In the 2010-11 season, the Cranberry Equestrian Middle School Team, “CET” for short, an Interscholastic Equestrian Team, was champion of Zone 1, made up of the six New England states, qualifying them for the IEA National Finals in Maryland. Last weekend, five years later, the Cranberry Equestrian Middle School Team once again finished in the top three of 18 teams at the Zone 1 Finals, qualifying them for the IEA National Finals once again, this year to be held in Lexington, KY at the Alltech Arena at Kentucky Horse Park.
The Cranberry Equestrian Middle School Team is based at Reunion Farm, Plympton Village, and is coached by Macaela Burnet, Geraldine Burnet, and Betsy Kupic.
The middle school team will travel to Lexington, KY to compete against 18 delegate teams from across the country April 20 through 24.
What does it take to bring a team of riders and a group of horses a thousand miles? “It takes a lot,” said Geraldine Burnet, owner of Reunion Farm. “A lot of effort and a lot of money.” Burnet continued, “We are all proud of the effort our team put forth for a chance to compete at the national level, and hope we will be able to get them there.”
As you can imagine, there are large costs involved with the endeavor. Each team member has to pay for airfare, hotel, coaching, local transportation, and meals.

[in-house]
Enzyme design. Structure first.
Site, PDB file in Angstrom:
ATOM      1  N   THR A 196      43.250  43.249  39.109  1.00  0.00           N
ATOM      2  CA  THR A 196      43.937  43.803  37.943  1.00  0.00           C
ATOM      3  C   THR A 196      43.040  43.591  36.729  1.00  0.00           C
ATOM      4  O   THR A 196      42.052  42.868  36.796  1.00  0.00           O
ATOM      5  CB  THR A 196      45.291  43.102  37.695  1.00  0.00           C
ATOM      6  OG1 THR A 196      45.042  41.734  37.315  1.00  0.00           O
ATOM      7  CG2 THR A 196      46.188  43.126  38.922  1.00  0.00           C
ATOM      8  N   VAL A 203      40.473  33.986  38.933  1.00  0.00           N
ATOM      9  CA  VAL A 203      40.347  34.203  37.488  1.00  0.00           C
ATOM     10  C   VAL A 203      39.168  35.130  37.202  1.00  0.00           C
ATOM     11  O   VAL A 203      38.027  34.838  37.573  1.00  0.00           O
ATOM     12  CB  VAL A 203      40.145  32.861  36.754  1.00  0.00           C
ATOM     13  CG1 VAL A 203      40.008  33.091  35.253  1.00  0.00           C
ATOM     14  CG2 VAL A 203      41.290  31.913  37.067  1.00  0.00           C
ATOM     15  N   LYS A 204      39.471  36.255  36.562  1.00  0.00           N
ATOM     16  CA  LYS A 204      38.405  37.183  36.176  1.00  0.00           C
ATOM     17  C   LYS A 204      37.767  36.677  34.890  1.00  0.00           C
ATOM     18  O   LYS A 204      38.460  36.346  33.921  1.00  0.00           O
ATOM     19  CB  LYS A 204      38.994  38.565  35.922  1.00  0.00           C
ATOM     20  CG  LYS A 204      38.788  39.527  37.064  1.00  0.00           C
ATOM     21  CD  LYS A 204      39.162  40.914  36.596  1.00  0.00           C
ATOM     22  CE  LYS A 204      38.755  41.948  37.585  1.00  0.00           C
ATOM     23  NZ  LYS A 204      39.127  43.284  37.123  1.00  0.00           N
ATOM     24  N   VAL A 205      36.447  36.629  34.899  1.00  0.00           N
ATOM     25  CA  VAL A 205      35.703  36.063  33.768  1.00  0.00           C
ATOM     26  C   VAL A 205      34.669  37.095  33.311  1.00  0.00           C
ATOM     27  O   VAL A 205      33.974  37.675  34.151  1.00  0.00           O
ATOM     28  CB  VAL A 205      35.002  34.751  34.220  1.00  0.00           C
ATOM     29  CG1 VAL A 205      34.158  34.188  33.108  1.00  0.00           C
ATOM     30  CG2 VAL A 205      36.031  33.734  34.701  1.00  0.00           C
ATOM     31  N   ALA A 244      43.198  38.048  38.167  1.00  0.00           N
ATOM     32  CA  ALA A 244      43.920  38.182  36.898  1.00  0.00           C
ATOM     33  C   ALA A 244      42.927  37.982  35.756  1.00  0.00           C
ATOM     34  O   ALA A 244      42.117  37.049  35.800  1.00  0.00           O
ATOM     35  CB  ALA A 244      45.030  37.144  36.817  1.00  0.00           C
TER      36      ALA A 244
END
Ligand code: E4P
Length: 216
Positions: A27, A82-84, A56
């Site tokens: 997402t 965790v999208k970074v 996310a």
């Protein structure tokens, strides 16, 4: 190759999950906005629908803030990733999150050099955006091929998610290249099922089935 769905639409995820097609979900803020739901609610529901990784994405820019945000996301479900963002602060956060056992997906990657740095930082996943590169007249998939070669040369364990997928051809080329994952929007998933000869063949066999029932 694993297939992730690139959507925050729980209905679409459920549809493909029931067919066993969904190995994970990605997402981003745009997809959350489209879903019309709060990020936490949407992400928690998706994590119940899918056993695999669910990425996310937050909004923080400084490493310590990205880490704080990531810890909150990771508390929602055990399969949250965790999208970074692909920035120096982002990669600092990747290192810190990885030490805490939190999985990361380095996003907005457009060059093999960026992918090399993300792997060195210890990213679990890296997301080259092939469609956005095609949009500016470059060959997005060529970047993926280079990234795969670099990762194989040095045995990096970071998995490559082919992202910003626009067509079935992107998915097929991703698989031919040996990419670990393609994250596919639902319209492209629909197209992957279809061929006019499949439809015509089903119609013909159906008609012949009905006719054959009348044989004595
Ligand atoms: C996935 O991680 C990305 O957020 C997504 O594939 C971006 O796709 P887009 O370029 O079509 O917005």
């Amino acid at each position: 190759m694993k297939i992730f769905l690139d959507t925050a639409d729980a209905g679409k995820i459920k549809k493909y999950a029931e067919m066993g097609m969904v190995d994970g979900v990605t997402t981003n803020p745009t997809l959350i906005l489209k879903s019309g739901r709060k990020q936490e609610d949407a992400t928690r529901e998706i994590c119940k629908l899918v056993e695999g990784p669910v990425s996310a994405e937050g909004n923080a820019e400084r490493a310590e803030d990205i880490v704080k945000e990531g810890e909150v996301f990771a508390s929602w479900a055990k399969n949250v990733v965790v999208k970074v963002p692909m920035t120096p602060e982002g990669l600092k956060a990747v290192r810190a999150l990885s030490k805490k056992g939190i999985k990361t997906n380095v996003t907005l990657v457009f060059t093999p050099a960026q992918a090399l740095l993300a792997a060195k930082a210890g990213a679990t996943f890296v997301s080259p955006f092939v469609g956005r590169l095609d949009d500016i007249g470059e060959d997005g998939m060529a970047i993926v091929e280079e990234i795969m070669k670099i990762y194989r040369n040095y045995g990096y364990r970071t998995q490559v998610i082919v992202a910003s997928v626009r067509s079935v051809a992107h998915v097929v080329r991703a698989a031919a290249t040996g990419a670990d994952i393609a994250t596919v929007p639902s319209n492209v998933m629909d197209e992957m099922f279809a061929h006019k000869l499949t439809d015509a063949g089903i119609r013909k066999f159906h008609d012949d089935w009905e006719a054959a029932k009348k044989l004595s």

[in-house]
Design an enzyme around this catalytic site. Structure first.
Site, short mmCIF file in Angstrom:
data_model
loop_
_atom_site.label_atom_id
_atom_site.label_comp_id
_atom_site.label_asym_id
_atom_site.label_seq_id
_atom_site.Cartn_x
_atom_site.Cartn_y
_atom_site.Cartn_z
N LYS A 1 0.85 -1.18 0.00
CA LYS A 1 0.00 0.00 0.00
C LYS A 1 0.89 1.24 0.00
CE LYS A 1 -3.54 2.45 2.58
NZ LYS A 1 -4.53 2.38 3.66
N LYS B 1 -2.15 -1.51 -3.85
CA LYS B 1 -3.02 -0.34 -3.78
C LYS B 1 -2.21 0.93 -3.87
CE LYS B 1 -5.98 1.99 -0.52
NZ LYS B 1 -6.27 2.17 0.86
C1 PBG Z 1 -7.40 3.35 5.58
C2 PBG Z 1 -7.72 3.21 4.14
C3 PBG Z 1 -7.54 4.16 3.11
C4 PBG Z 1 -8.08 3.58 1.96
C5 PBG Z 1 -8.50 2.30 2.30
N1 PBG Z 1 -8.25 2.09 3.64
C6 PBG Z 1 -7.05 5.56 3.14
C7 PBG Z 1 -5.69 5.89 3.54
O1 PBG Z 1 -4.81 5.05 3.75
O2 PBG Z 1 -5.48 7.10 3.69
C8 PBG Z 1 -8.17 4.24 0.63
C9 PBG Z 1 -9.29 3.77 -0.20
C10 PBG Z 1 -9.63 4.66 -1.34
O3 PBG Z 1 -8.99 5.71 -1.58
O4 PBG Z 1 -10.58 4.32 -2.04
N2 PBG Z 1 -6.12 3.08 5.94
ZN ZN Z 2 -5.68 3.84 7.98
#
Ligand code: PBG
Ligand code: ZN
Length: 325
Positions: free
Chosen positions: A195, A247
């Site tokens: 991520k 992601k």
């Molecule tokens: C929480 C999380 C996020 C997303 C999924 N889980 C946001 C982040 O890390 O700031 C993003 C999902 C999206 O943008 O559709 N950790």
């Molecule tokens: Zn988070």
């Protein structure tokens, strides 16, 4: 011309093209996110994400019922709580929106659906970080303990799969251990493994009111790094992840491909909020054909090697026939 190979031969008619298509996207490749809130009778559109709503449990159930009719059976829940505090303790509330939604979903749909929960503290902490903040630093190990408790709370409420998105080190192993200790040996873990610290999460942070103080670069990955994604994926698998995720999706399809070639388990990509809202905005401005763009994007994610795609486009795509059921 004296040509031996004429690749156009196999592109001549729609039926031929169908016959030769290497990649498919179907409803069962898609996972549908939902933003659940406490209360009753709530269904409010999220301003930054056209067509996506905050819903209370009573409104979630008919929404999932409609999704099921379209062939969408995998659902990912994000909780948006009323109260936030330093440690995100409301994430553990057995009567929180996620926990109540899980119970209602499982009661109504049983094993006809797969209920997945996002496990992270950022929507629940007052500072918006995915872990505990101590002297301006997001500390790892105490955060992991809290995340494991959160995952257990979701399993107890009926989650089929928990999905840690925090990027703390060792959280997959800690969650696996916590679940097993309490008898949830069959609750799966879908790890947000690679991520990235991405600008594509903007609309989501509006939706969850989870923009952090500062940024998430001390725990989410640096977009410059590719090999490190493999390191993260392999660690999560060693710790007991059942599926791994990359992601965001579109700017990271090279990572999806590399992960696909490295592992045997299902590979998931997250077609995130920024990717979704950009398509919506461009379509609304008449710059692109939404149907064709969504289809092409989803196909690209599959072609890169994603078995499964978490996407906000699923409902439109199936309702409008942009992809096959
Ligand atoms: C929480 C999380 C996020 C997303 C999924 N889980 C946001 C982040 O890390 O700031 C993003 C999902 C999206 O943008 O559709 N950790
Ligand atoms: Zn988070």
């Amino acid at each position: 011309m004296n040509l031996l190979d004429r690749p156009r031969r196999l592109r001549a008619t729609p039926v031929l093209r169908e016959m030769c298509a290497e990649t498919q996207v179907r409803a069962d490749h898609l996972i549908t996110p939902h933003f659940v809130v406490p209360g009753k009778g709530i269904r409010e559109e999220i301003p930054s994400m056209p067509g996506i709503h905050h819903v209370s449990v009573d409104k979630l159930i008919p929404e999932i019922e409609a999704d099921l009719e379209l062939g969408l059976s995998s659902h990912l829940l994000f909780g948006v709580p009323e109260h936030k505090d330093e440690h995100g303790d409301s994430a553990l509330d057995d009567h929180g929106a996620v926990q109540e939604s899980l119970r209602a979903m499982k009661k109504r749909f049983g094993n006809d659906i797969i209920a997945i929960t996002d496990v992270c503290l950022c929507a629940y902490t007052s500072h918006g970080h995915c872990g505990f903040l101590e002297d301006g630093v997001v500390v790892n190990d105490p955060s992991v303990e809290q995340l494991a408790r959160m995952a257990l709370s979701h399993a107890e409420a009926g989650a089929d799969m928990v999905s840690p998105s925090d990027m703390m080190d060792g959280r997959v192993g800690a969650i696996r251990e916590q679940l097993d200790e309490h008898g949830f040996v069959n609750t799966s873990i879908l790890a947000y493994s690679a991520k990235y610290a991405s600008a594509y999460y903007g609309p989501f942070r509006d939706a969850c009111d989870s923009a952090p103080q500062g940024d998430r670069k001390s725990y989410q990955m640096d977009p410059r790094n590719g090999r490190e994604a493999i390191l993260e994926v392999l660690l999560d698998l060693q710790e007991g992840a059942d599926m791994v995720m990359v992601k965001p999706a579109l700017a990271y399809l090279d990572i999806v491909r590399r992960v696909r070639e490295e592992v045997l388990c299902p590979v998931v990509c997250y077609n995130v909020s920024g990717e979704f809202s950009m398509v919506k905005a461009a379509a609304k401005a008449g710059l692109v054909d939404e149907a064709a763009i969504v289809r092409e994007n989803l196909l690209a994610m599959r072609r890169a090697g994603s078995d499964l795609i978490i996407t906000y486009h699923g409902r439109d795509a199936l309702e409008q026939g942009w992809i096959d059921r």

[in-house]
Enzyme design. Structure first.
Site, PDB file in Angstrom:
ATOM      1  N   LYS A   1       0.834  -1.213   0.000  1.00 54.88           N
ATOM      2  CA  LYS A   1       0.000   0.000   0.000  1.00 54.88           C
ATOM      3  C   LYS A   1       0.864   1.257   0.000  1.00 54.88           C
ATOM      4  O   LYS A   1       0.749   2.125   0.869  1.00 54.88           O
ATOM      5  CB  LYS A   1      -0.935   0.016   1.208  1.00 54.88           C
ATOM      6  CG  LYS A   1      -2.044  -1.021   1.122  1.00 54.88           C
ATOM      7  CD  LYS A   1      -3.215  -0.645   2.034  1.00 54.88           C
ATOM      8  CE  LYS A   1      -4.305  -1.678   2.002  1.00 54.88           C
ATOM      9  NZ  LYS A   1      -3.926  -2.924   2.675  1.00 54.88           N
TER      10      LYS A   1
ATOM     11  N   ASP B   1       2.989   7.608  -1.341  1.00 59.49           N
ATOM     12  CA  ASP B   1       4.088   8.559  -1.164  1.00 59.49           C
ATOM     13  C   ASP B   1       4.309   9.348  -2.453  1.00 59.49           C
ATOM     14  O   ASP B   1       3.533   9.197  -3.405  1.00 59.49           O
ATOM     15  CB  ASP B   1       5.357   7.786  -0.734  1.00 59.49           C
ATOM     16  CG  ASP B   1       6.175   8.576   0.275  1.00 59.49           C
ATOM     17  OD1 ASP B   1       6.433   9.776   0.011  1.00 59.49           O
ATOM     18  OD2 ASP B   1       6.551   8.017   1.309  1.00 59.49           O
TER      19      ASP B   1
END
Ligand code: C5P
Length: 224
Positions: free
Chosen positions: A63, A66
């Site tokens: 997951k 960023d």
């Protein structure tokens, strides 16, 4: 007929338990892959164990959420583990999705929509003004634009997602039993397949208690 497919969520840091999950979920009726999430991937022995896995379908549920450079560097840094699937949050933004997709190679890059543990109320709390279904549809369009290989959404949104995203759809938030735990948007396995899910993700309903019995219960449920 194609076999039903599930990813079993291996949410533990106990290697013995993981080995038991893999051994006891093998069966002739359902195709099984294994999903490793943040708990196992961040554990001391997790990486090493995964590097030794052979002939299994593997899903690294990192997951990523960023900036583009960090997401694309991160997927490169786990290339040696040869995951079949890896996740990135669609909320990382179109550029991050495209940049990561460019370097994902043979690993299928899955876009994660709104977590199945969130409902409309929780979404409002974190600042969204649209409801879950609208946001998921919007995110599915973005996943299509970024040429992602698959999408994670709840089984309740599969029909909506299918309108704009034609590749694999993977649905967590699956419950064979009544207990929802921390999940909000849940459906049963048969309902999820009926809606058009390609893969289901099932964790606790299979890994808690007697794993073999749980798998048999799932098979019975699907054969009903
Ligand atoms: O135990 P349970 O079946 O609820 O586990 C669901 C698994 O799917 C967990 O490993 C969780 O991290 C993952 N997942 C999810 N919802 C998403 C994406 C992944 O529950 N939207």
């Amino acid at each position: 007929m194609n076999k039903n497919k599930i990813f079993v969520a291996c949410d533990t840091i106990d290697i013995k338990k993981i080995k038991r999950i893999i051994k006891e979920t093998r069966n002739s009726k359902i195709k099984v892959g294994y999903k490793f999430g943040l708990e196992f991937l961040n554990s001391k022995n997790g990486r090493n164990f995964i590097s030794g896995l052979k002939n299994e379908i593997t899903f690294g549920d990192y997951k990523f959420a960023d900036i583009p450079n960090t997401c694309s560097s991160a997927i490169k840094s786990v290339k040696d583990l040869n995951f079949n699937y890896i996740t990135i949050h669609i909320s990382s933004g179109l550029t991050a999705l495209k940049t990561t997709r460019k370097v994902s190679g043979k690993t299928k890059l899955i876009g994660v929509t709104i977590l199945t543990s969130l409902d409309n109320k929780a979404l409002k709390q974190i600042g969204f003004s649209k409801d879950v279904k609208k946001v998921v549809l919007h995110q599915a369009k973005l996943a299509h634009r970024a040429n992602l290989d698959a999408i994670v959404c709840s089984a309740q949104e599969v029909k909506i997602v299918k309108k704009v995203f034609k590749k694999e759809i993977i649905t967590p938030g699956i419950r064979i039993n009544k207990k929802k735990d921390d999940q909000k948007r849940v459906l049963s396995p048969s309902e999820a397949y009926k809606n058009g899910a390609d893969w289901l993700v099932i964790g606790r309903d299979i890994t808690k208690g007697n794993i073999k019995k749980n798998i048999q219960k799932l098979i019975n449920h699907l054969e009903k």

To that end, the Cranberry Equestrian Team will hold a fundraiser this Saturday morning, April 2, at Reunion Farm, from 9 a.m. – 1 p.m. Bring the kids and treat them to pony rides, a petting zoo, and a bake sale. Saturday night, April 2, the indoor riding arena will become home to games and two big screen family friendly movies from 6-9:30, bring the family! The cost is $20 per child, with a $35 family cap. The price includes popcorn, pizza, and soda.
This team will work hard to raise what they need to get where they need to go. They hope the community will pitch in and give them a hand.
Throughout the school year, the Cranberry Middle School Team held practice sessions once or twice each week and competed in a maximum of five events per student so that the playing field is level for each rider. Once a student has accumulated enough points, 18 this year, they qualify for post-season regional finals, which were held Feb 27 and 28 at Stoneleigh Burnham School in Greenfield, moving forward three riders per event onto the Zone 1 finals, held this year at Mt. Holyoke College, March 26, and 27.
The Interscholastic Equestrian Association is made up of 350 teams from across the country, in grades 6-12, who enter competitions on completely equipped horses that are provided at each venue to the students.
Since the horse is new to the rider, the scores are based upon horsemanship and equitation, and the skills the rider exhibits in controlling and bringing out the best attributes of the horse.
All disciplines offer a variety of ability levels from beginner through advanced. The IEA has set guidelines for the placement of new riders entering the IEA to allow for the unique program format of riding an unfamiliar horse.
For student equestrians in grades 6-12, the Interscholastic Equestrian Association (IEA) was established in the spring of 2002 and held its first annual national finals event the following year in Willoughby, Ohio. A non-profit organization, the IEA has grown both geometrically and geographically each year.